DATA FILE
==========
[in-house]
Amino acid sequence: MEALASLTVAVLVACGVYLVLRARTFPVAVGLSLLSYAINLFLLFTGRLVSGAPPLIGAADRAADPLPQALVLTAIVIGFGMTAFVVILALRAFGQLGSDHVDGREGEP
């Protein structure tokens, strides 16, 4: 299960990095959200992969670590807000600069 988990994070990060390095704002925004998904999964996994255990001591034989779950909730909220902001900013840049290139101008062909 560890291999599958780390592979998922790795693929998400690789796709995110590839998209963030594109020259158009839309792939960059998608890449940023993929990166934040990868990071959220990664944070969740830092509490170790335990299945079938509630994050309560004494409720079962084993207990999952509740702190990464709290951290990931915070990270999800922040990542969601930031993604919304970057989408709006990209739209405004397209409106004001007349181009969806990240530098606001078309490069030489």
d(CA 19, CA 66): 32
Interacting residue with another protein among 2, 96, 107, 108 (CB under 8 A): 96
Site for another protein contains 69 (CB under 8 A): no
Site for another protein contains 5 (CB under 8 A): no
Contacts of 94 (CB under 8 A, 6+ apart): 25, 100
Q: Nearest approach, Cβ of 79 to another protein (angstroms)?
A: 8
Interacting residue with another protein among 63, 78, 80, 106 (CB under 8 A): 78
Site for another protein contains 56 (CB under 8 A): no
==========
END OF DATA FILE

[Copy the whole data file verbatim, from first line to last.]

[in-house]
Amino acid sequence: MEALASLTVAVLVACGVYLVLRARTFPVAVGLSLLSYAINLFLLFTGRLVSGAPPLIGAADRAADPLPQALVLTAIVIGFGMTAFVVILALRAFGQLGSDHVDGREGEP
């Protein structure tokens, strides 16, 4: 299960990095959200992969670590807000600069 988990994070990060390095704002925004998904999964996994255990001591034989779950909730909220902001900013840049290139101008062909 560890291999599958780390592979998922790795693929998400690789796709995110590839998209963030594109020259158009839309792939960059998608890449940023993929990166934040990868990071959220990664944070969740830092509490170790335990299945079938509630994050309560004494409720079962084993207990999952509740702190990464709290951290990931915070990270999800922040990542969601930031993604919304970057989408709006990209739209405004397209409106004001007349181009969806990240530098606001078309490069030489």
d(CA 19, CA 66): 32
Interacting residue with another protein among 2, 96, 107, 108 (CB under 8 A): 96
Site for another protein contains 69 (CB under 8 A): no
Site for another protein contains 5 (CB under 8 A): no
Contacts of 94 (CB under 8 A, 6+ apart): 25, 100
Q: Nearest approach, Cβ of 79 to another protein (angstroms)?
A: 8
Interacting residue with another protein among 63, 78, 80, 106 (CB under 8 A): 78
Site for another protein contains 56 (CB under 8 A): no